IANAL etc., but I assume the first clause applies to programs designed
to be linked (but not yet linked) with the library but distributed as a
self-contained entity (possibly without the library), while the second
clause applies to programs after they’ve been linked. The process of
linking changes the status of the work from "work that uses the Library"
Hmmm, not sure. I’d think that if this was true, then every Windows
program ever written would be “owned” by MS because they link with
I also realized that the LGPL is written from a linux point-of-view. I
think the linking term may have slightly different meaning in the linux
world than it does in the windows world.
For example, if I have program APP, and library LIB, I can “link” APP to
LIB in many different ways under windows…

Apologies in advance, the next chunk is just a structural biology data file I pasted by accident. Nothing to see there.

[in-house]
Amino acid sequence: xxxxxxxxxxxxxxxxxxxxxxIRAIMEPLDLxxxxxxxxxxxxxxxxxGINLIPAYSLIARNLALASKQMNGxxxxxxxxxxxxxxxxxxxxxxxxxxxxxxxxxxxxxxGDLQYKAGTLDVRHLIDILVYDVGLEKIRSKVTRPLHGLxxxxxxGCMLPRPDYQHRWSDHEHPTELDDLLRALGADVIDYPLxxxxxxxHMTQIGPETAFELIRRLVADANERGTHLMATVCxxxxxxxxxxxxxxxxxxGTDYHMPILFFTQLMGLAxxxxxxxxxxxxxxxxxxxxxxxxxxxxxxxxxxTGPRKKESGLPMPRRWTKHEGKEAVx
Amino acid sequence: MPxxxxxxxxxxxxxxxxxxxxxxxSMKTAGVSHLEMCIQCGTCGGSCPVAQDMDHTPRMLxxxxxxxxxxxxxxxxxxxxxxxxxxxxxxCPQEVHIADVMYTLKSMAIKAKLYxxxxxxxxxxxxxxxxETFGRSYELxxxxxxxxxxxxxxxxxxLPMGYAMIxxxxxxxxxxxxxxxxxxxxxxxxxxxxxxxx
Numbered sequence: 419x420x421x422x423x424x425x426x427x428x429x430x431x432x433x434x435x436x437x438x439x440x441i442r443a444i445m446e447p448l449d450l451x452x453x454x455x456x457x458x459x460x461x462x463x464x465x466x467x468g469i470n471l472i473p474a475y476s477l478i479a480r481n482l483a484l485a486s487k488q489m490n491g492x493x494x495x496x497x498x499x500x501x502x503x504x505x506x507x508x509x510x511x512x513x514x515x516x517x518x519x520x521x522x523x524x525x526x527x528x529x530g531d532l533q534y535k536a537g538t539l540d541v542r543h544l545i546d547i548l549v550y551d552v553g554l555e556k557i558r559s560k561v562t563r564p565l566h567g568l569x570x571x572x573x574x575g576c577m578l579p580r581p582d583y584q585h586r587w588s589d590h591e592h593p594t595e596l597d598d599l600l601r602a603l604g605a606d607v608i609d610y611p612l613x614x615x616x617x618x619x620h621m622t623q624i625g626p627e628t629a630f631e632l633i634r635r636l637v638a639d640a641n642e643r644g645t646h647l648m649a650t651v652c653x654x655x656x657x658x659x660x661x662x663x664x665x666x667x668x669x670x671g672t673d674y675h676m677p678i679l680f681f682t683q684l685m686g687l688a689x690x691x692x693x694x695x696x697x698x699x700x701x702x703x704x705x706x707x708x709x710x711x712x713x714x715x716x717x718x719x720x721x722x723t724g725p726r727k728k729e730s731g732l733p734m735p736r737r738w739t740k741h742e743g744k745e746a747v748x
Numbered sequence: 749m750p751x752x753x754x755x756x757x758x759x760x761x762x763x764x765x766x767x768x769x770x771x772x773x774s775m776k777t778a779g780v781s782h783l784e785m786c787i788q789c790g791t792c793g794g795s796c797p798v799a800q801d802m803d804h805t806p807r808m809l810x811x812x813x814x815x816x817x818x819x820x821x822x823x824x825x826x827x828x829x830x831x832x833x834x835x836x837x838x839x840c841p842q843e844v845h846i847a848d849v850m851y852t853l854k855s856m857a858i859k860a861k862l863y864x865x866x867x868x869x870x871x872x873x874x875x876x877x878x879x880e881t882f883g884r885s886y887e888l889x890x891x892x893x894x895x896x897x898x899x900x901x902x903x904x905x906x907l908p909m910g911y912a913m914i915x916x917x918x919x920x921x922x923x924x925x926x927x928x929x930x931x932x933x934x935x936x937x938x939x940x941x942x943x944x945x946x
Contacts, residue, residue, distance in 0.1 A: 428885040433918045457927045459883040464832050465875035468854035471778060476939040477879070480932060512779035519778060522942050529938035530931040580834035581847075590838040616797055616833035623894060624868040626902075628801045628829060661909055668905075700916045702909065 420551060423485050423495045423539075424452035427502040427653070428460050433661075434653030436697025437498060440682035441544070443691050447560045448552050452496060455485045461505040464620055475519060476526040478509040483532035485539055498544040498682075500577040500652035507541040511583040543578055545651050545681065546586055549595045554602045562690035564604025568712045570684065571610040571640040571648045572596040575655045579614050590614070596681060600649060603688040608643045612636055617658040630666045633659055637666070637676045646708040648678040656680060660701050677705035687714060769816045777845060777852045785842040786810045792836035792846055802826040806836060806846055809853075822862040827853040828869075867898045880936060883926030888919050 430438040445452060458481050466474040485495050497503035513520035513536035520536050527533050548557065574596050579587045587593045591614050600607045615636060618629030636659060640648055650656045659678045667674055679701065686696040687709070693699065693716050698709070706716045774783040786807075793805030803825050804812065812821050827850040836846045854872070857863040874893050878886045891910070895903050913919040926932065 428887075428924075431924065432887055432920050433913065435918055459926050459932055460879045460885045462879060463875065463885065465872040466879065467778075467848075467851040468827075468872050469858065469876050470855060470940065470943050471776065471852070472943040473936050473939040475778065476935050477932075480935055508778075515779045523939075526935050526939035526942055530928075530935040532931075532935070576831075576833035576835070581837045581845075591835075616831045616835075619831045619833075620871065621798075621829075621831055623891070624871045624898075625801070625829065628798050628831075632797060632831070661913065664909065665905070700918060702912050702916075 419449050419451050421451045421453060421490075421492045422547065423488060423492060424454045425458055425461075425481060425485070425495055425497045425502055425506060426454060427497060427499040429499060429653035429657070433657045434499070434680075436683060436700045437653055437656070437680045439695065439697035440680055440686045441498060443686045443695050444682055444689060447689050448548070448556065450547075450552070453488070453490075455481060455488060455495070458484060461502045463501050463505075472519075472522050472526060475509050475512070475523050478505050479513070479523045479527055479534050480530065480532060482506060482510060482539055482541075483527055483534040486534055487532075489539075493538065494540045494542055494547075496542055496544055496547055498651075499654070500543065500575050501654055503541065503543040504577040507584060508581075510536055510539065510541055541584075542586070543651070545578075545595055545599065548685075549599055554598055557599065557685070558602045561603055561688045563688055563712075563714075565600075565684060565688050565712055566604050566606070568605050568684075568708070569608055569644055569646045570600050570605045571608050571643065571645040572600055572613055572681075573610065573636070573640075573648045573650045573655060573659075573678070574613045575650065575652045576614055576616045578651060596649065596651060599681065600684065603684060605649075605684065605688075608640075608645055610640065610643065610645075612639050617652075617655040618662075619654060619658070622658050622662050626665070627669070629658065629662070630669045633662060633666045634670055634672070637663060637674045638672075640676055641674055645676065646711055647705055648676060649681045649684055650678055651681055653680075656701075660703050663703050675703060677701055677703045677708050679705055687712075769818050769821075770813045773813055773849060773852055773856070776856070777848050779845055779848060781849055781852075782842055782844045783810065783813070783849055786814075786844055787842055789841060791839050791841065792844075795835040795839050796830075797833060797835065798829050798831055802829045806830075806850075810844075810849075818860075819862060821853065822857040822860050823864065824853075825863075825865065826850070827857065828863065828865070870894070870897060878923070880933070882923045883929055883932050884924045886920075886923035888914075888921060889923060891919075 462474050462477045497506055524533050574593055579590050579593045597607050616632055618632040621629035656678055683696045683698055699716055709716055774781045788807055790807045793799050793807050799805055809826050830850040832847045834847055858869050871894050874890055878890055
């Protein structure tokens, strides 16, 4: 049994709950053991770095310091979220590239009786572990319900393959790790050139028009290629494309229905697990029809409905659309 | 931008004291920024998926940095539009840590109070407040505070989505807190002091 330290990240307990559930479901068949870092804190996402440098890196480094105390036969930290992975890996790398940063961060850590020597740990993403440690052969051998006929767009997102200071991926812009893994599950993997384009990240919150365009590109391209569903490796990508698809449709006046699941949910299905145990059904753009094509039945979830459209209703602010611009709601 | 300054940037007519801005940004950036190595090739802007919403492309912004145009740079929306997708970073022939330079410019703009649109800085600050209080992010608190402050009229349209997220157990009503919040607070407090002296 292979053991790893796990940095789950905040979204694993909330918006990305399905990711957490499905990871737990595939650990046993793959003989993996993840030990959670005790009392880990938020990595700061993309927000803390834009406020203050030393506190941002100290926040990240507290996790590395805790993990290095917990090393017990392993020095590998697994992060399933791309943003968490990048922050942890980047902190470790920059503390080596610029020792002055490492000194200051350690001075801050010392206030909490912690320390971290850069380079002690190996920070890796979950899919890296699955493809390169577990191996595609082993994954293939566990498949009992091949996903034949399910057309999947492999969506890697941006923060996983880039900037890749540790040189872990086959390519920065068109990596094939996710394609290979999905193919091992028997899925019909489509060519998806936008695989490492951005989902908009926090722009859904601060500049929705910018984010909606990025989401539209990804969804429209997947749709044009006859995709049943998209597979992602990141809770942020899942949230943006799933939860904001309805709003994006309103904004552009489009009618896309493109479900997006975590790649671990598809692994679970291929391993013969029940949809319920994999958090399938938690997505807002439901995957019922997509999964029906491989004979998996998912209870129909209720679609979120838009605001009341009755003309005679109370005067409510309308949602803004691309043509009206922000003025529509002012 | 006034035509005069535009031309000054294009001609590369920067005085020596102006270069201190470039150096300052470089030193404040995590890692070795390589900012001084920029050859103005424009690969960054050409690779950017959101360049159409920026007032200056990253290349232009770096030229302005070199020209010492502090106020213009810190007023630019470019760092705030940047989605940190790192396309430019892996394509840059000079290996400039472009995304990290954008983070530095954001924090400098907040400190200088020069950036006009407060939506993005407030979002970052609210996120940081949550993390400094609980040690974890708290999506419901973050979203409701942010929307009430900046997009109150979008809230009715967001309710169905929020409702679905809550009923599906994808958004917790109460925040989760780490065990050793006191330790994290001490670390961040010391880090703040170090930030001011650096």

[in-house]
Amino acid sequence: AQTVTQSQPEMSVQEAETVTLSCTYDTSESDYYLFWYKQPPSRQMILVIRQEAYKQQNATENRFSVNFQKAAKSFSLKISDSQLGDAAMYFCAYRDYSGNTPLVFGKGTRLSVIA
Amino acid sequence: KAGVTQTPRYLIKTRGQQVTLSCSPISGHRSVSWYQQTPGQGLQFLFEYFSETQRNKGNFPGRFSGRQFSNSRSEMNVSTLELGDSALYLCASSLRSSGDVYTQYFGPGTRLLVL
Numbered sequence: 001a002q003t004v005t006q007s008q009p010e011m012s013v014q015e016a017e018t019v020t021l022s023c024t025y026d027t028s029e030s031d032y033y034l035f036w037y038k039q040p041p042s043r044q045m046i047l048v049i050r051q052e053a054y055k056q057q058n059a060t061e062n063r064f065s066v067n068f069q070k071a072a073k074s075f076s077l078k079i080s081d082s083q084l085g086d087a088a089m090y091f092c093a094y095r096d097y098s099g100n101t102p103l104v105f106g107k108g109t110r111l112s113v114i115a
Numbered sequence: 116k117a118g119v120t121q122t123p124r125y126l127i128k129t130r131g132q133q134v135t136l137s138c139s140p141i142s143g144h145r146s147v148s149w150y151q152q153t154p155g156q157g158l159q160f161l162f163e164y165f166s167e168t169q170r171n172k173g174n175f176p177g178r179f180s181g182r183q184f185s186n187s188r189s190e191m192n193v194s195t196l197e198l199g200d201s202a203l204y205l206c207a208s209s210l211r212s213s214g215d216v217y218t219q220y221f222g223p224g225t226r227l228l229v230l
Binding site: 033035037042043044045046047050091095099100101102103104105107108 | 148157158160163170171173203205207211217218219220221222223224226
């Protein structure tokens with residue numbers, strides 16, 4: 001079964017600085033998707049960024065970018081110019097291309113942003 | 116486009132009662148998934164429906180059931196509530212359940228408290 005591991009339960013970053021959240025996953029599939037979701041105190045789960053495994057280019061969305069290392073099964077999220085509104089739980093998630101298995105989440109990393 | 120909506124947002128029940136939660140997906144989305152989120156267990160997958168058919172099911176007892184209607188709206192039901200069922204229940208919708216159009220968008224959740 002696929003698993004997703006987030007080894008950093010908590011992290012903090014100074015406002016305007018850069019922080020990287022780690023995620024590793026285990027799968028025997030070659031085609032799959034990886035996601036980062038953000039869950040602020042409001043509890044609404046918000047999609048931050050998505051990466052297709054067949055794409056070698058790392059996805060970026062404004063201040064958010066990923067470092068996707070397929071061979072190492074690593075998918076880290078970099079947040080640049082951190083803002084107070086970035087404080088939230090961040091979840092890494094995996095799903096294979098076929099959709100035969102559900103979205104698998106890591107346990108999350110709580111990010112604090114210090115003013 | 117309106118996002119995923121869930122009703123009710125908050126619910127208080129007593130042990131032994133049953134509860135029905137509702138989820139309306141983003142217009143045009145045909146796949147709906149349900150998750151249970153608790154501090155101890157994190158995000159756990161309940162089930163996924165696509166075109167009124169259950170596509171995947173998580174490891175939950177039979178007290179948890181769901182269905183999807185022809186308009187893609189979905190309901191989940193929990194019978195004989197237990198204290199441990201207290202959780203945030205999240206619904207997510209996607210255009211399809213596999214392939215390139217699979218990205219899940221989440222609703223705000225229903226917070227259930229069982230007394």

- APP + LIB linked together to form a single entity.
- APP links to LIB and LIB.DLL must be present (like MSVCRT.DLL).
- APP “soft” links to LIB and uses LIB with lots of GetProcAddress()
In case #1, there ends up being no LIB.DLL, so APP and LIB become one
entity with no “line in the sand”. Generally, I believe this is known as
statically linking. In this case, there is no visible difference between
the APP and the LIB, as all that is seem is APP.EXE.
In both cases #2 and #3, the APP is separate from LIB, and LIB.DLL is
used by APP (in Windows). Generally, I believe this is known as
dynamically linking. The main differenet between #2 and #3 is that
LIB.DLL must exist for APP to run in case #2, but in case #3 APP can
start without LIB.DLL present (with either limited or no functionality).
Also in cases #2 and #3, APP.EXE can be distributed without LIB.DLL, as
LIB.DLL can be provide separately or the user of APP.EXE must obtain
LIB.DLL from its official source.
All very interesting, but I’m making my animated GIF code a library, so
it will remain true to the LGPL.